Now the tax-writing committees, the House Ways and Means Committee and the Senate Finance Committee, are preparing to do it all over again. A new round of special-interest provisions already has been drafted and is ready to be spliced into a tax bill that Congress soon will take up.
And scores of additional deals are in the process of being written. Their backers hope they will be inserted in the legislation, a technical-corrections bill designed, in theory, to correct typographical, clerical and spelling errors in the 1986 tax act.
Depending upon how much public attention is focused on the process, the tax writers may delay final action on the tax breaks until after the November election, rather than risk antagonizing the great mass of taxpaying voters who are denied such favored treatment.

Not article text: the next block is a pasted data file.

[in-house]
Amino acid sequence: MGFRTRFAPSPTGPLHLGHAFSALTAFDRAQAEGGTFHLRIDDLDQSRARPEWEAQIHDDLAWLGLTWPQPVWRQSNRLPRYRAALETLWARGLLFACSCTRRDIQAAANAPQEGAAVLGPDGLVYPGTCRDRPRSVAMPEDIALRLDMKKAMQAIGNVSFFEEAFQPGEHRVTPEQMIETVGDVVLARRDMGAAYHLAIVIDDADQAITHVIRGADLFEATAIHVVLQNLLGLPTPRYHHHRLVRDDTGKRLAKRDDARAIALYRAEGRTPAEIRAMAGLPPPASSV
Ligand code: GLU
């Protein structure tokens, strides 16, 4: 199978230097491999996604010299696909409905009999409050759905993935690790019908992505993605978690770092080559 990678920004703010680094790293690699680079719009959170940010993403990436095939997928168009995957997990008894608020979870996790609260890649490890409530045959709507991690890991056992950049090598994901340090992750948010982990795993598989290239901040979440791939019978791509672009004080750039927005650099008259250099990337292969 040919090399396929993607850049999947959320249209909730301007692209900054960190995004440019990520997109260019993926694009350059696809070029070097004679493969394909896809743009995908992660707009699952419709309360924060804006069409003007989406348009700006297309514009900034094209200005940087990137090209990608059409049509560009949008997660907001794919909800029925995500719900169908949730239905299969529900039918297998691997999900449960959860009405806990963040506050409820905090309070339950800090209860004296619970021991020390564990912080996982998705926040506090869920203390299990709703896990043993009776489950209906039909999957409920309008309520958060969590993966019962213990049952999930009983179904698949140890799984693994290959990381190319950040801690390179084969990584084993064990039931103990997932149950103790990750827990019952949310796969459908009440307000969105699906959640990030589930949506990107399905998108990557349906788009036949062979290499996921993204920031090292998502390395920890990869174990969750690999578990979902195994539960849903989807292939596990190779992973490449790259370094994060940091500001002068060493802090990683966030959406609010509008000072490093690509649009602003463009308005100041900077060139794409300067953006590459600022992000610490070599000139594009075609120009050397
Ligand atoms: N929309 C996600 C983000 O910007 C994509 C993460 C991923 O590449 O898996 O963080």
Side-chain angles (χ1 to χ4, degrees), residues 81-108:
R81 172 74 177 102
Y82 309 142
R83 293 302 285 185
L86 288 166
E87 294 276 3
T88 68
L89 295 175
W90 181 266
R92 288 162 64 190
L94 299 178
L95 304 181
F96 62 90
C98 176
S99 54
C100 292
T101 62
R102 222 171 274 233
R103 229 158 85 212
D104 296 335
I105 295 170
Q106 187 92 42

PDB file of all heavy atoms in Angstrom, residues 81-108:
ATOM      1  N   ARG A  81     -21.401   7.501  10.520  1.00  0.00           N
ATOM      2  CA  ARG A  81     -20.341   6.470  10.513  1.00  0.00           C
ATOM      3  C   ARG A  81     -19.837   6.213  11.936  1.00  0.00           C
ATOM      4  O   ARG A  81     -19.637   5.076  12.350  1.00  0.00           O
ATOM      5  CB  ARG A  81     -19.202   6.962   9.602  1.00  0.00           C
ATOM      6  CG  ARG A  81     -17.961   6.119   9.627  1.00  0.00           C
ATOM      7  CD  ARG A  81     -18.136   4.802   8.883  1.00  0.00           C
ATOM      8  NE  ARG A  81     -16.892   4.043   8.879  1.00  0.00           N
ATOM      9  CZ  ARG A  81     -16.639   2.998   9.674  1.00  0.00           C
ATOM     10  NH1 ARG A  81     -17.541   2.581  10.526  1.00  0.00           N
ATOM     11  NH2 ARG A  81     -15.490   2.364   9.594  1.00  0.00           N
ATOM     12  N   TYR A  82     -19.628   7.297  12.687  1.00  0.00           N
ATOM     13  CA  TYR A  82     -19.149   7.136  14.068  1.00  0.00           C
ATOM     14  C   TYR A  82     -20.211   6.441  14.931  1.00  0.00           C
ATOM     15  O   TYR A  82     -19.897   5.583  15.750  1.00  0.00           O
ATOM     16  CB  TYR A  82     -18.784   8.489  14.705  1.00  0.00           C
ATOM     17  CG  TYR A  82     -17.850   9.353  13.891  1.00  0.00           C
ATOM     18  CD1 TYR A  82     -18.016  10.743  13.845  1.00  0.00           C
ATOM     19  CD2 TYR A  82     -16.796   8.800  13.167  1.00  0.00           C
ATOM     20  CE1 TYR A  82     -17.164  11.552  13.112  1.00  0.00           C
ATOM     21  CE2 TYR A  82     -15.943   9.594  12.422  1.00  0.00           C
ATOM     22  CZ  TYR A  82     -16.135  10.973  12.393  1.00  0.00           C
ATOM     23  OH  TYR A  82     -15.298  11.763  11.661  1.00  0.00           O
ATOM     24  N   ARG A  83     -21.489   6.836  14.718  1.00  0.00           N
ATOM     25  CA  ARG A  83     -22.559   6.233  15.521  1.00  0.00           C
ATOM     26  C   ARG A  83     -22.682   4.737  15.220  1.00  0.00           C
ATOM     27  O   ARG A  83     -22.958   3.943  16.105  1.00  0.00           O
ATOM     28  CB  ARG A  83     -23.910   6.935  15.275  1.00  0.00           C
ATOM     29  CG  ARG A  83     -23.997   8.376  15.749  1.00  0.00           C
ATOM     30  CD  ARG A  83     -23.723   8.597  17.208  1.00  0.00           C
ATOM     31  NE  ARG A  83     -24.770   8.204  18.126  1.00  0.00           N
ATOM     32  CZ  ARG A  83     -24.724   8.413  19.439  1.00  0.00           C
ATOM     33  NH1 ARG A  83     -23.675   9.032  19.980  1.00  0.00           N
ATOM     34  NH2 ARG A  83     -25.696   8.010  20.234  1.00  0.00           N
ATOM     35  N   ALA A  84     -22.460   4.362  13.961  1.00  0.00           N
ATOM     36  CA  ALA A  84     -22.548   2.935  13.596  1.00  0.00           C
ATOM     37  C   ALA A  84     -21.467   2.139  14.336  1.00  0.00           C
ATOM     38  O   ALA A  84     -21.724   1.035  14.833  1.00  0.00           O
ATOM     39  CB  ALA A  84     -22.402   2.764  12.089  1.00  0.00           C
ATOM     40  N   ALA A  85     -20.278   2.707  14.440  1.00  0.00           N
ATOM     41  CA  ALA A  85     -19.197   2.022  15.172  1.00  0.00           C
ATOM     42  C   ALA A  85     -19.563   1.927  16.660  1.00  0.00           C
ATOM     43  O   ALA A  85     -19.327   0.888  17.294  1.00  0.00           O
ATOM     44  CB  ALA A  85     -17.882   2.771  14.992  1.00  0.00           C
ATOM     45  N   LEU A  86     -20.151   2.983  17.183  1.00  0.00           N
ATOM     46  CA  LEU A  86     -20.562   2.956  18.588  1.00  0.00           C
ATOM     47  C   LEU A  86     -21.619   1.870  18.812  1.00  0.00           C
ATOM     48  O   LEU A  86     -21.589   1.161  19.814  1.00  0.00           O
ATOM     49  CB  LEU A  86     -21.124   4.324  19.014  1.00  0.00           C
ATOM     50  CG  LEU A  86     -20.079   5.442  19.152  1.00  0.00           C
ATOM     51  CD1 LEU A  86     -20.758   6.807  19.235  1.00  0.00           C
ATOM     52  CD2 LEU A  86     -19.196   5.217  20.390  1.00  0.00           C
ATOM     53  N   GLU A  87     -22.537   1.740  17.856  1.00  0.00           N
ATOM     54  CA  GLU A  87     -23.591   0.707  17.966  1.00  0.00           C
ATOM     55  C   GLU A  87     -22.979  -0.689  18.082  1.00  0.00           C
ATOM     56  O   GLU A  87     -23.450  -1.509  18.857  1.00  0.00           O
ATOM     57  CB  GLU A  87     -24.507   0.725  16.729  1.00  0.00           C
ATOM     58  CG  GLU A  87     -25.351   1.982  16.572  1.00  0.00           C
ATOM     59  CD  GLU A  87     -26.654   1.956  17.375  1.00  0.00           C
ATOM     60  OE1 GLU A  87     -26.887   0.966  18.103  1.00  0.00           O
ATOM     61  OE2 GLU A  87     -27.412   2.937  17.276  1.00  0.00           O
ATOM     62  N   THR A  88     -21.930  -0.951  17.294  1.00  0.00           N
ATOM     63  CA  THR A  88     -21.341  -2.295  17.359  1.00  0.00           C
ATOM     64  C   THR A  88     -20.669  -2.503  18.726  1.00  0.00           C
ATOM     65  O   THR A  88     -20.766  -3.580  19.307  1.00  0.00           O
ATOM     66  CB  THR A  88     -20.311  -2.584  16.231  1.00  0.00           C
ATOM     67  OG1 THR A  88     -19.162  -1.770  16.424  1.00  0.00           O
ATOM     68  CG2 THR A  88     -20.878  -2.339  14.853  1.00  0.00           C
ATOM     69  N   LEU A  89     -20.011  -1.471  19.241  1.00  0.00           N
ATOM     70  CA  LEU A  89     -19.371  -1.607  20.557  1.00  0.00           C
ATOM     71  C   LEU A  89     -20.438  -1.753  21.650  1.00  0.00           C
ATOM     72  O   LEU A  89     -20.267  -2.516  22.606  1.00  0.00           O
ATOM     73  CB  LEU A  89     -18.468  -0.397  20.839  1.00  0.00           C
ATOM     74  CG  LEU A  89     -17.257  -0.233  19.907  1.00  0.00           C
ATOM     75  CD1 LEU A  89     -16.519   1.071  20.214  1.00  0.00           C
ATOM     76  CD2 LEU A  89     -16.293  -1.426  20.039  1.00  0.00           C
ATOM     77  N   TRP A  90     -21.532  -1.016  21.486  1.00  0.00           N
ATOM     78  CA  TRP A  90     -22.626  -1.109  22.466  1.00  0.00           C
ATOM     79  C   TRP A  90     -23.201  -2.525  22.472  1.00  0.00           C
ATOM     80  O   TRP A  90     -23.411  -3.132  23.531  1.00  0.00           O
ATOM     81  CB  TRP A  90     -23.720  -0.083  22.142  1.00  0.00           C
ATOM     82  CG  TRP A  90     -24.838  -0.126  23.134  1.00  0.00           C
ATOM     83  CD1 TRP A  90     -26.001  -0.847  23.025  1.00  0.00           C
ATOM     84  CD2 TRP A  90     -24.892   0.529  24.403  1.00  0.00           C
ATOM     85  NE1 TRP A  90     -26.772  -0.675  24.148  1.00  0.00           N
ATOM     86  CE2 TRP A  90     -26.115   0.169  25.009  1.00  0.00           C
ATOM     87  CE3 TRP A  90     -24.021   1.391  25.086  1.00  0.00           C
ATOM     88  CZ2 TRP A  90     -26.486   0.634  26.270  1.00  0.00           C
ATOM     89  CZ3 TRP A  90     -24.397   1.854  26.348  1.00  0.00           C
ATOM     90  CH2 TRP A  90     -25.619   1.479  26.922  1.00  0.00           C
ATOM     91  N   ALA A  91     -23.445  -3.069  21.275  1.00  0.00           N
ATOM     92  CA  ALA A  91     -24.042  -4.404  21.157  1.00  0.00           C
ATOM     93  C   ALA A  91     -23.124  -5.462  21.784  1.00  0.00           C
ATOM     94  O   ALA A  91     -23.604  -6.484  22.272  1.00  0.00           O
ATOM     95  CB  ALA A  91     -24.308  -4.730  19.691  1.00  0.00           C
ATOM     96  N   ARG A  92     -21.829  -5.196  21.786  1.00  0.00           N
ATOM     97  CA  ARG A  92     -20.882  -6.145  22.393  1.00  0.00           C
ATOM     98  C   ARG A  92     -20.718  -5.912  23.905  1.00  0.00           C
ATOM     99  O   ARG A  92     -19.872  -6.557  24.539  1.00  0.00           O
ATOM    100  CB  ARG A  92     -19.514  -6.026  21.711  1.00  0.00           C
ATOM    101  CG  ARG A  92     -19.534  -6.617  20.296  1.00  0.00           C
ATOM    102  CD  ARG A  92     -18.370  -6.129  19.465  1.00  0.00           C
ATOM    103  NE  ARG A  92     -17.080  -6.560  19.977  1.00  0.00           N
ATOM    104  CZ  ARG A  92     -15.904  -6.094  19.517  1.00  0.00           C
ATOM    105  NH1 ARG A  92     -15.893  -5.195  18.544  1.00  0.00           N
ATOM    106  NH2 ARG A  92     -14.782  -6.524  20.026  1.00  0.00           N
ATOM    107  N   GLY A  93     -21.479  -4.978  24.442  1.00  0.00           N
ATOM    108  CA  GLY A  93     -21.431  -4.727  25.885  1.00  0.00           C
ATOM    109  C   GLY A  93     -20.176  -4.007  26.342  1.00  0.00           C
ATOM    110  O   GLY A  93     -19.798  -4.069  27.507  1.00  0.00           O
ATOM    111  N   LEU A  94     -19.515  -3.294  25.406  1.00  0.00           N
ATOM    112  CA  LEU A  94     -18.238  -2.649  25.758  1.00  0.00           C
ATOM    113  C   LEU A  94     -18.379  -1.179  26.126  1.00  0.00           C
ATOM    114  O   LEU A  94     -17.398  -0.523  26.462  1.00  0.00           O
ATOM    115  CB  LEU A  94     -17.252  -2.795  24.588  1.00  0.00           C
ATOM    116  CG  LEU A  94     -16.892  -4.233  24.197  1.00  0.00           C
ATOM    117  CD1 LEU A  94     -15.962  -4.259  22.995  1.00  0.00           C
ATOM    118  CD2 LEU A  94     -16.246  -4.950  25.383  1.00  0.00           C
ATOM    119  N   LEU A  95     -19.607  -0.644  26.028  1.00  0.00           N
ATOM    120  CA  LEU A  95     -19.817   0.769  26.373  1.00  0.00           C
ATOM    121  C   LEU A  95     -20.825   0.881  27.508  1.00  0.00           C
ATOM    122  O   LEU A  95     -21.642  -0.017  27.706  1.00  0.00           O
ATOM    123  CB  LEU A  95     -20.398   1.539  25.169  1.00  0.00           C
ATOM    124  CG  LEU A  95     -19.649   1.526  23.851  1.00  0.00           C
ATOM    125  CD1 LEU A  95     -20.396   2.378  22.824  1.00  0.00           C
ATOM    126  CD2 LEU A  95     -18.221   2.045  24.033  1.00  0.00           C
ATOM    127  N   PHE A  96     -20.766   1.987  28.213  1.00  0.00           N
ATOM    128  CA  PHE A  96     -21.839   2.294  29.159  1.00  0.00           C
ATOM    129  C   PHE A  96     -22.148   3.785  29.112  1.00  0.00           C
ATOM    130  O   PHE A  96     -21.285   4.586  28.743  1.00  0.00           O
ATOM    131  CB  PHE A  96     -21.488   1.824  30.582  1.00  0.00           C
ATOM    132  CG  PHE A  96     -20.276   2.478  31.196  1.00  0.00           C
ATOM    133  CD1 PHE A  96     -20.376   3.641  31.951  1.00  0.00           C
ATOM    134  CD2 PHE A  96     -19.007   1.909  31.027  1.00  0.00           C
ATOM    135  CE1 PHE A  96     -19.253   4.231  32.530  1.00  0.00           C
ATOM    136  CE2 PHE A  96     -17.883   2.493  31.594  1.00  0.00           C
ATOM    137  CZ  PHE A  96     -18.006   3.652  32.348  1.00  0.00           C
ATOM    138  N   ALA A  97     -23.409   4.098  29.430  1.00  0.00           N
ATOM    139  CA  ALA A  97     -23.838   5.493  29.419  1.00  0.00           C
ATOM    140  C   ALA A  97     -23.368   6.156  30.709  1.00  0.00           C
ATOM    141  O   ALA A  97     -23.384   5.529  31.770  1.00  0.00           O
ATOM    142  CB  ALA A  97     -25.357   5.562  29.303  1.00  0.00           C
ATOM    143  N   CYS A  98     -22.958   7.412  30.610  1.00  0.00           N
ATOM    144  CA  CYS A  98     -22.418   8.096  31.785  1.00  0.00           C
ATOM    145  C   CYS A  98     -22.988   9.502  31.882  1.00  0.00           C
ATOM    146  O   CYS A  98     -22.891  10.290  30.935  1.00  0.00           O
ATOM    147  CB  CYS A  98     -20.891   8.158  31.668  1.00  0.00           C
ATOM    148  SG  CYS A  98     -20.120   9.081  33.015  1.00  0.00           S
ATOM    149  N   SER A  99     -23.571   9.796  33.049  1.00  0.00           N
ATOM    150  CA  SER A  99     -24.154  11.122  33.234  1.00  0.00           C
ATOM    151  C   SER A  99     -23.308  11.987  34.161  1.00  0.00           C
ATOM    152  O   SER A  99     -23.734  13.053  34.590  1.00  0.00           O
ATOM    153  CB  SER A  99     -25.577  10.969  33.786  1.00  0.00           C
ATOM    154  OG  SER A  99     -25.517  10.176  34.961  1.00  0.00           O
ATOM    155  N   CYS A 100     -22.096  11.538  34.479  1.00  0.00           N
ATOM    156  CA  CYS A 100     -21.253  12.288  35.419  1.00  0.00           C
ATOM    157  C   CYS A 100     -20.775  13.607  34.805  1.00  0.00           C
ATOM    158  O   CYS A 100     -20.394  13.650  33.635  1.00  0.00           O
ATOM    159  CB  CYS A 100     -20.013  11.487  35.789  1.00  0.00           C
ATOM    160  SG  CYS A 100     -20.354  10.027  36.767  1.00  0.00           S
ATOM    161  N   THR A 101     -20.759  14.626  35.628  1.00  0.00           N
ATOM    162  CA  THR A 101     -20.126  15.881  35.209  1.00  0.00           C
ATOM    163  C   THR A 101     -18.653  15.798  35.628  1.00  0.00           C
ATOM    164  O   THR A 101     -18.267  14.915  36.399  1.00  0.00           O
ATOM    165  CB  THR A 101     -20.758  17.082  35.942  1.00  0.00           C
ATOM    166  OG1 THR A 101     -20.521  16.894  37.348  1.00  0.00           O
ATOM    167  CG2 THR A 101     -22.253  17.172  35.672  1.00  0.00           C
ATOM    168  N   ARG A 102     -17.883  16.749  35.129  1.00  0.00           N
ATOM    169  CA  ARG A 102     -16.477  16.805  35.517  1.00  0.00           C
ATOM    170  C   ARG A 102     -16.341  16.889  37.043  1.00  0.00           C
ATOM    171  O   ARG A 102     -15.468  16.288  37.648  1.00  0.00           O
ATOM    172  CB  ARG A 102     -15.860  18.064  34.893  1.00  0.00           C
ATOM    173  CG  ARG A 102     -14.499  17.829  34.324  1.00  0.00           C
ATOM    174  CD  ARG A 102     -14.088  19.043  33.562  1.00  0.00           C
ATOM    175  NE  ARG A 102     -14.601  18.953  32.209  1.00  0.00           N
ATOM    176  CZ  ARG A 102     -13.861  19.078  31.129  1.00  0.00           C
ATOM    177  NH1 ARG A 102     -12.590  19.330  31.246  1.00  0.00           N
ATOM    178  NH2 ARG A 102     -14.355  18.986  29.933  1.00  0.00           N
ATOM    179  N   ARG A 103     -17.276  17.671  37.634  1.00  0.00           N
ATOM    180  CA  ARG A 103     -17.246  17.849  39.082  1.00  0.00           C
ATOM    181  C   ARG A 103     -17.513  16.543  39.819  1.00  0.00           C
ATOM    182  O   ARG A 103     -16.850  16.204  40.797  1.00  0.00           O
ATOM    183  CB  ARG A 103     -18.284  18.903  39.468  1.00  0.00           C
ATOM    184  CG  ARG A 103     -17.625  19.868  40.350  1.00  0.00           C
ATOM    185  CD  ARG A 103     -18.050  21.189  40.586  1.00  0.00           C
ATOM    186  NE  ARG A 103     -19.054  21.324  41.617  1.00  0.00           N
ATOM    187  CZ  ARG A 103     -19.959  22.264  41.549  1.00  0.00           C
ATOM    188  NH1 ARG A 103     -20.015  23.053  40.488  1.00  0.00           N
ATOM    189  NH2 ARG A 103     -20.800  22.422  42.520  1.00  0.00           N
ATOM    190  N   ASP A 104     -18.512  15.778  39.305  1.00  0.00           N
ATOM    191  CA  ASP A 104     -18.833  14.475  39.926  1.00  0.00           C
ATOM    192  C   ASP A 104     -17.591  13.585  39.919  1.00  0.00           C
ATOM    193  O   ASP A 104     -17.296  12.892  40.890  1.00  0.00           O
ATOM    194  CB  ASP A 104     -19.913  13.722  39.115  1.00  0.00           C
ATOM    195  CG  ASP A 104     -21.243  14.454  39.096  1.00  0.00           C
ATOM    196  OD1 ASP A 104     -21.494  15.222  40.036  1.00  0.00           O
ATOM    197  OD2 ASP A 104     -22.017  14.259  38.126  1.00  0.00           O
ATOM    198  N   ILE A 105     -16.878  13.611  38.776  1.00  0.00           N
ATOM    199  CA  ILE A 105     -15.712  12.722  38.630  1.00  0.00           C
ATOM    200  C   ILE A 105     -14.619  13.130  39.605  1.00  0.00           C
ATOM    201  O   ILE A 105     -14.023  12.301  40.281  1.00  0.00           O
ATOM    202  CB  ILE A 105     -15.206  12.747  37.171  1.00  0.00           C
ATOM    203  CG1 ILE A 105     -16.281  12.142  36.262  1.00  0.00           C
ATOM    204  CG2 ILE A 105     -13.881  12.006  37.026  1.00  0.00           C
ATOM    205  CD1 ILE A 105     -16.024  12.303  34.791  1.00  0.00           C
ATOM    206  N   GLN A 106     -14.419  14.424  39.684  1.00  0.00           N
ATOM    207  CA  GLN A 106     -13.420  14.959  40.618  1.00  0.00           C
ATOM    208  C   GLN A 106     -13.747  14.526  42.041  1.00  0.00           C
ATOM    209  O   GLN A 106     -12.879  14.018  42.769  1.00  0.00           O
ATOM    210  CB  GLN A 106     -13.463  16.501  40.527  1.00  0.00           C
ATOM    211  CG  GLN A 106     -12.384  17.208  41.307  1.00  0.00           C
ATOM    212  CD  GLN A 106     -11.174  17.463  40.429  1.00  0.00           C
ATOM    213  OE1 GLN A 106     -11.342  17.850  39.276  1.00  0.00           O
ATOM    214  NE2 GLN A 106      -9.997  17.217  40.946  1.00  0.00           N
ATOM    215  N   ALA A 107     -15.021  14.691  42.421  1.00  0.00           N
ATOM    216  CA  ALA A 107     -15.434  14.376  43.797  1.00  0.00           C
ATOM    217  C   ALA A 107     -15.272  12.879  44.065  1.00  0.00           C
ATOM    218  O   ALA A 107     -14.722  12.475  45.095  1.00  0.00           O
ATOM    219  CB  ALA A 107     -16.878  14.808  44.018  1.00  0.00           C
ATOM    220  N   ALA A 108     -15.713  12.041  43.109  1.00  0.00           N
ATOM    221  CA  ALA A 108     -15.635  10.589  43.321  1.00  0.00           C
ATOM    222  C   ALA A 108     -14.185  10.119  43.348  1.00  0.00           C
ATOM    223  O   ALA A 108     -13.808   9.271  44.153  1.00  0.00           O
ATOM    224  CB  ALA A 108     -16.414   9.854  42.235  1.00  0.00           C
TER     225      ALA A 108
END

Among the private provisions in the pending legislation is one that grants a Monterey-like exemption to a pair of 250-passenger ships to be built at a boatyard near Seattle.
According to those familiar with the provision, the ships are a project of Robert Giersdorf, a Seattle cruise-line executive who has long been active in Democratic Party politics on the West Coast. It would allow investors to escape payment of taxes that others must pay.
Another custom-tailored provision that has been drafted and is waiting to be spliced into the tax bill would give an $11 million tax break to FMC Corp., a Chicago-based chemical manufacturer and defense contractor.
The provision, which a friendly lawmaker plans to insert in the bill, would give FMC a special tax break in computing deductions on its foreign income. With revenues of $3 billion in 1986, FMC has plants in 25 states and 15 foreign countries.